This first installment follows the antics of A. Blob, a slimy, purple, blob-like creature who wreaks havoc on the elementary school playground with its bullying ways. As the story progresses, however, readers learn that A. Blob may have more than meets the eye.
Along with its powerful illustrations and rhymed verse for early readers, this story invites children to put themselves in the shoes of another. The book encourages readers to consider why bullies behave the way they do – and start to consider what can be done to help.
School is finally out!! No more tests! No more studying! No more homework!...but what about bullies? As much as we would like to believe bullies get locked away with the stacks of history books, it simply isn’t true. Bullying can occur at any location and at any time of the year, even during these blissful summer months.
In fact, outside of school, away from the supervision and protocol of the classroom, bullying can actually increase. This is especially true when children go away to summer camps where they are often forced to deal with difficult situations alone.
This isn’t fun to think about, but taking some time now to prepare can ensure a smooth summer and an even a better school year in the fall. Here are some points to consider as you head into your summer vacation:
Where is bullying likely to occur?
Keep up with your child as they participate in their summer activities, asking them questions and monitoring their attitude. If they suddenly seem disinterested in an activity they previously enjoyed, have less and less to say about their day, or talk often of quitting, do a little digging. These could all be signs that something isn’t quite right.
Establish Trusted Adults
This tip was suggested in an article on the website stopitcyberbully.com. Discuss with your child who will be in charge where they are going and who amongst that group they can trust if they need help. This is an especially important step for young children who may have more difficulty identifying the person in charge or having the confidence to approach someone they don’t know.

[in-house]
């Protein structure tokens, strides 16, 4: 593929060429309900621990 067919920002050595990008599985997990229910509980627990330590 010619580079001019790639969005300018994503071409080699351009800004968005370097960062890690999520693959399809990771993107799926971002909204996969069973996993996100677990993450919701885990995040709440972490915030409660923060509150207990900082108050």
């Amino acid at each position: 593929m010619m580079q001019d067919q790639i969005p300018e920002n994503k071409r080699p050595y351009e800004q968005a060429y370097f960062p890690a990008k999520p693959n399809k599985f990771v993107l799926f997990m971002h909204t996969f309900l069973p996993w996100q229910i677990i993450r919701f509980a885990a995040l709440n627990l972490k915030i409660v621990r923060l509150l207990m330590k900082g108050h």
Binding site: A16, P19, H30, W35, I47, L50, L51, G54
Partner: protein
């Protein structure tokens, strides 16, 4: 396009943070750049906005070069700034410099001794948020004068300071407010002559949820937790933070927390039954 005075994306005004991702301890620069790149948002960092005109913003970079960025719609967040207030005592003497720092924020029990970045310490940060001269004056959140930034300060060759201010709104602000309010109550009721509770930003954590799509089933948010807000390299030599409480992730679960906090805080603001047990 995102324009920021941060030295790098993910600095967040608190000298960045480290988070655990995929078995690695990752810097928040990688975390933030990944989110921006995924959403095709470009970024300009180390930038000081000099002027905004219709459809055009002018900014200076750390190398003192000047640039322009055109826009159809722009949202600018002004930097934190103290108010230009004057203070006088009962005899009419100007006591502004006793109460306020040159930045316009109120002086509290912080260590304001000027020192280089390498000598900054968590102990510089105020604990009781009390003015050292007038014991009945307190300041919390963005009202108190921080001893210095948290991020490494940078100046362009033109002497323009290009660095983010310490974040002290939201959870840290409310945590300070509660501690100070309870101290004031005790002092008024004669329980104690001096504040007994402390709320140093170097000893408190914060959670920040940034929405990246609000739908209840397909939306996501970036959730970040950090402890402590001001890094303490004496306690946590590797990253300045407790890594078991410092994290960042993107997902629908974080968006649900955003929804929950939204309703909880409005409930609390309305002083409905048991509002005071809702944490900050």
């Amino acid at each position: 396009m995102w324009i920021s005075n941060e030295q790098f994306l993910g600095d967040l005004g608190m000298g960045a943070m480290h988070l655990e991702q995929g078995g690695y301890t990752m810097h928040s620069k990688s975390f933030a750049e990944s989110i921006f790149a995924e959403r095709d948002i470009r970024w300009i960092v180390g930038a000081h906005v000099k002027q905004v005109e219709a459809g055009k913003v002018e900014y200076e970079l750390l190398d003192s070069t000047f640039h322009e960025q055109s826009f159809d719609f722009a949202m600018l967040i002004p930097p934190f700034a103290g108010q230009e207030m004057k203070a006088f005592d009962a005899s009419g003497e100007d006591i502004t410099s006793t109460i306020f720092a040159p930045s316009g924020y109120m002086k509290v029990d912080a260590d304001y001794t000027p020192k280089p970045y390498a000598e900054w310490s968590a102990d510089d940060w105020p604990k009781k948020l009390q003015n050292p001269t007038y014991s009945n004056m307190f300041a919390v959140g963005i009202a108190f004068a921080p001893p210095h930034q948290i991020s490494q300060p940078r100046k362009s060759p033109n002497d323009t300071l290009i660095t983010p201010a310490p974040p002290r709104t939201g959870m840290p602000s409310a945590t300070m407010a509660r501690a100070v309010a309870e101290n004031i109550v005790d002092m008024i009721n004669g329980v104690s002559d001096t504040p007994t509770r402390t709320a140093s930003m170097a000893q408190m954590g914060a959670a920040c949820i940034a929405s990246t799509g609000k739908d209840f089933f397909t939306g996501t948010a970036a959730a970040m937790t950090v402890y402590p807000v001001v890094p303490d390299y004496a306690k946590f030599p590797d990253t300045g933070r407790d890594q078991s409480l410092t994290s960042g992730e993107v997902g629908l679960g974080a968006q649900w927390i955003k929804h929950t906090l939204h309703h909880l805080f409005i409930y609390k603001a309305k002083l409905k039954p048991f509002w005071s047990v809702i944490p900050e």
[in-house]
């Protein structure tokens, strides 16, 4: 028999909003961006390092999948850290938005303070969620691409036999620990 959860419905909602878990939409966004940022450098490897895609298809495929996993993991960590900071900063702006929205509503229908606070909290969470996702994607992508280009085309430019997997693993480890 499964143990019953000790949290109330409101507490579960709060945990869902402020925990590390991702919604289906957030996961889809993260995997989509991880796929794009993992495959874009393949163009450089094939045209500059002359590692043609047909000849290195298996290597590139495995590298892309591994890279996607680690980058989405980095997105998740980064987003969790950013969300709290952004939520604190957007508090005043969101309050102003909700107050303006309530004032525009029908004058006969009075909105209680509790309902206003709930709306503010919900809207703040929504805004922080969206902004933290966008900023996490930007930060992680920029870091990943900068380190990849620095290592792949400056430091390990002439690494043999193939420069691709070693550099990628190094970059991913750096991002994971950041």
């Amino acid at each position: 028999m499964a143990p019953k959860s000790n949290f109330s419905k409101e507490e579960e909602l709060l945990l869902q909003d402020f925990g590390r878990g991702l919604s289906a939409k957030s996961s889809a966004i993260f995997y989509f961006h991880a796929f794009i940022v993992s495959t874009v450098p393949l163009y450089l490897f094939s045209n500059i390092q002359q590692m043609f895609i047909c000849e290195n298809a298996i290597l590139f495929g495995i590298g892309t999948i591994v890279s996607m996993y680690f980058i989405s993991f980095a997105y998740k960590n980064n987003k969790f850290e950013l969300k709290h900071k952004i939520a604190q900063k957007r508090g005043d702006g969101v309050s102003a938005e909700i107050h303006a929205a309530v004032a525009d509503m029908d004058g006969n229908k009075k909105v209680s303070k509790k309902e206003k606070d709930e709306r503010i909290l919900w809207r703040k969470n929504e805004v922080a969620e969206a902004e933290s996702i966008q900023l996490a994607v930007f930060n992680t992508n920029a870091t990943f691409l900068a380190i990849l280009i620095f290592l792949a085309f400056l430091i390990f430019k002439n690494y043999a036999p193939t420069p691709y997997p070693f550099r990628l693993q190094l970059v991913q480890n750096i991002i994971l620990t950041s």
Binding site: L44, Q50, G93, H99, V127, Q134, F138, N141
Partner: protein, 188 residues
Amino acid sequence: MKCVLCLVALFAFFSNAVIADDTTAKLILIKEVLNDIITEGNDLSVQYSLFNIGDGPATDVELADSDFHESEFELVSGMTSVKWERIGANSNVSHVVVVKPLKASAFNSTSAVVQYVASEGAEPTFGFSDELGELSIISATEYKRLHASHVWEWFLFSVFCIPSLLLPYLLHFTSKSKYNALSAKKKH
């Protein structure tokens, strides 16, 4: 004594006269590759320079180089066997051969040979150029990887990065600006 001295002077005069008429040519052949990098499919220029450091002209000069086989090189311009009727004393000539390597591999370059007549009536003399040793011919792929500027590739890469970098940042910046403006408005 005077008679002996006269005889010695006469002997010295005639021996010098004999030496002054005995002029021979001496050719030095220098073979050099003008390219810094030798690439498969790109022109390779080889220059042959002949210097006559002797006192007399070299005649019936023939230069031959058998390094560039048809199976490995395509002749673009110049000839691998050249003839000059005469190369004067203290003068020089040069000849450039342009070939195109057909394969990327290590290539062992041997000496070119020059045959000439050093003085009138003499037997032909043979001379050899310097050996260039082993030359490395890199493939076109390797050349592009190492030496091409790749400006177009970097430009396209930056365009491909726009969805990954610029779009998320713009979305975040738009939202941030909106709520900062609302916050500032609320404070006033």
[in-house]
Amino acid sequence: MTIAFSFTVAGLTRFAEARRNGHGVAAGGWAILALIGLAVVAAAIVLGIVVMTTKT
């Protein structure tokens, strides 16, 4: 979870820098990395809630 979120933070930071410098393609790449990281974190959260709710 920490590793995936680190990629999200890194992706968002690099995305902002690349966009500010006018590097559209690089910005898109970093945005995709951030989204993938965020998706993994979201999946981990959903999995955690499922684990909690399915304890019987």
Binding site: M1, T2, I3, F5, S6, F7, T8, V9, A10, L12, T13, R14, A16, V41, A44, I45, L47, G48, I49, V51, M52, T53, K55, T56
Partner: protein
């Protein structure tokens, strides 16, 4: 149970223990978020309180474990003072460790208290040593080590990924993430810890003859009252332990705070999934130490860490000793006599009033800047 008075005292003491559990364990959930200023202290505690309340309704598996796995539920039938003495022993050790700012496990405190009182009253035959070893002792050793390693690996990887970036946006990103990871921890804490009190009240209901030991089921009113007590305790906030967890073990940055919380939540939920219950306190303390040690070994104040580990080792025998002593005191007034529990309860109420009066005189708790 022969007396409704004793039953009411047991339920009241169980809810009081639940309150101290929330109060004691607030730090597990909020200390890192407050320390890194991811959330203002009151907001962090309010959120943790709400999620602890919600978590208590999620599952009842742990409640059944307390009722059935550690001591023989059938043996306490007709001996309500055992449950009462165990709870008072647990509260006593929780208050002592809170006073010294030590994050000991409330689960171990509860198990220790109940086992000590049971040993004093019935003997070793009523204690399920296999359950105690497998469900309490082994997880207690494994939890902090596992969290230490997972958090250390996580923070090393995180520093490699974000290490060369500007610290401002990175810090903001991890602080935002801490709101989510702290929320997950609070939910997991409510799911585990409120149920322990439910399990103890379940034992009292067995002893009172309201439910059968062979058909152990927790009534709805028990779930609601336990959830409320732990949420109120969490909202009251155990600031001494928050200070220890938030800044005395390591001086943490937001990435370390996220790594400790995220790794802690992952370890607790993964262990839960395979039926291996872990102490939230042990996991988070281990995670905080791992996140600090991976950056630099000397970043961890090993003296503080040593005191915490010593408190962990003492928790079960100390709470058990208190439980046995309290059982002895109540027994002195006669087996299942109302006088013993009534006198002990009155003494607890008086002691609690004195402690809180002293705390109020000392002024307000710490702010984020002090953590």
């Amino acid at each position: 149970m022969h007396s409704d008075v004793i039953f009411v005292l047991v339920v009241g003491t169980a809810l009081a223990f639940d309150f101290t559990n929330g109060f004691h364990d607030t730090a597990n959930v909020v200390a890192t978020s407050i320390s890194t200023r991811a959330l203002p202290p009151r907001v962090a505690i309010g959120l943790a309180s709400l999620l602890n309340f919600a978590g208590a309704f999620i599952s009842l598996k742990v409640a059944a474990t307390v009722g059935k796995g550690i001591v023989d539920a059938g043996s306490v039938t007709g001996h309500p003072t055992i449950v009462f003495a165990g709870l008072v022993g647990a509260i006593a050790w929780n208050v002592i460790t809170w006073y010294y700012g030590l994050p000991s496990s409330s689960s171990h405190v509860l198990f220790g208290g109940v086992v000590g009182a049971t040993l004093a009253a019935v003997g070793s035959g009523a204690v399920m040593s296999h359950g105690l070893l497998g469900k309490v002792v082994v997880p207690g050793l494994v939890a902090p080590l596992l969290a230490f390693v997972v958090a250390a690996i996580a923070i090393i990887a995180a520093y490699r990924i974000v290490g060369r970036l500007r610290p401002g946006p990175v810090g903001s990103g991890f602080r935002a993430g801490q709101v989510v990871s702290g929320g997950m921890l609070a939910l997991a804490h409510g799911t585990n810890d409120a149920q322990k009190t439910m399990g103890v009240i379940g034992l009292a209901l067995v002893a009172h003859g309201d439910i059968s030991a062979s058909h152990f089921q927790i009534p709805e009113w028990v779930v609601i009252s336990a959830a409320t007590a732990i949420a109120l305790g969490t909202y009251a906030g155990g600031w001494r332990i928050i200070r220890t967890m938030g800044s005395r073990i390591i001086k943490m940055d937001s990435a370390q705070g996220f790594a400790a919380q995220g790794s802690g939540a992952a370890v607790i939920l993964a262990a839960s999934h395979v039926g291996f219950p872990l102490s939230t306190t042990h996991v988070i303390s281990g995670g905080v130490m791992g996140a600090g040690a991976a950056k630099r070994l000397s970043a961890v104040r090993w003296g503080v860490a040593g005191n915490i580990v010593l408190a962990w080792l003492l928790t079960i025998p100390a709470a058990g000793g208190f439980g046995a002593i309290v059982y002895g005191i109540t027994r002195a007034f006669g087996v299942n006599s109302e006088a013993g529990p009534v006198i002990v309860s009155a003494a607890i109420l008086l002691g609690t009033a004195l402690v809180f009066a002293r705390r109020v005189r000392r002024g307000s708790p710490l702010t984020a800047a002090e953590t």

Again, the goal is to prepare your child, not frighten them. So, instead of saying “If someone teases you or steals your things at camp, tell your camp counselor” you could say “If you ever need help, remember, your camp counselor, Cindy, in there to help you with whatever you need. Her job is to make sure you stay safe and happy, just like your teacher at school!”
On your end, take a little time to establish a relationship with these adults, as well. If you’re able, volunteer to help out. This is the best way to get a front row view of the true dynamics of the group. However, many aren’t able to volunteer, and that’s ok! Again, this doesn’t have to be anything too intense. Simply introduce yourself, exchange contact information, and check in every now and then to see how everything is going.
It seems that gossip is one of the more frequent forms of bullying over summer vacation. Perhaps this is because people who gossip do so to make themselves feel better and summer often involves new, scary situations where kids need to make fast friends, or perhaps it’s because the mystique of not seeing each other every day leaves things ripe for false stories. Whatever the reason, summer camps and sports teams always seem to teem with gossip. Unfortunately, it can be difficult to know how to handle the situation since gossip is difficult to confirm, but can do an enormous amount of damage in a short span of time.
Find out where it is coming from and why
Figuring out who started the rumor may shed some light on why it is happening. Was the rumor meant to hurt your child or is it just a case of misinformation? Is the person gossiping or spreading rumors intent on ostracizing your child and getting others to turn against her? This information is important to know before your child reacts to the rumor. For instance, it is easier to clear up a case of misinformation than it is to respond to relational aggression.
Turn to a trusted adult for support
Talk to someone you can confide in, like a parent, teacher, school counselor, or coach. Let that person know what you're going through. Keep him or her up to date on what's going on, even as things start to get better. A trusted adult confidante can help you feel more supported and less alone. Plus, adults can take steps to put a stop to the rumors and gossip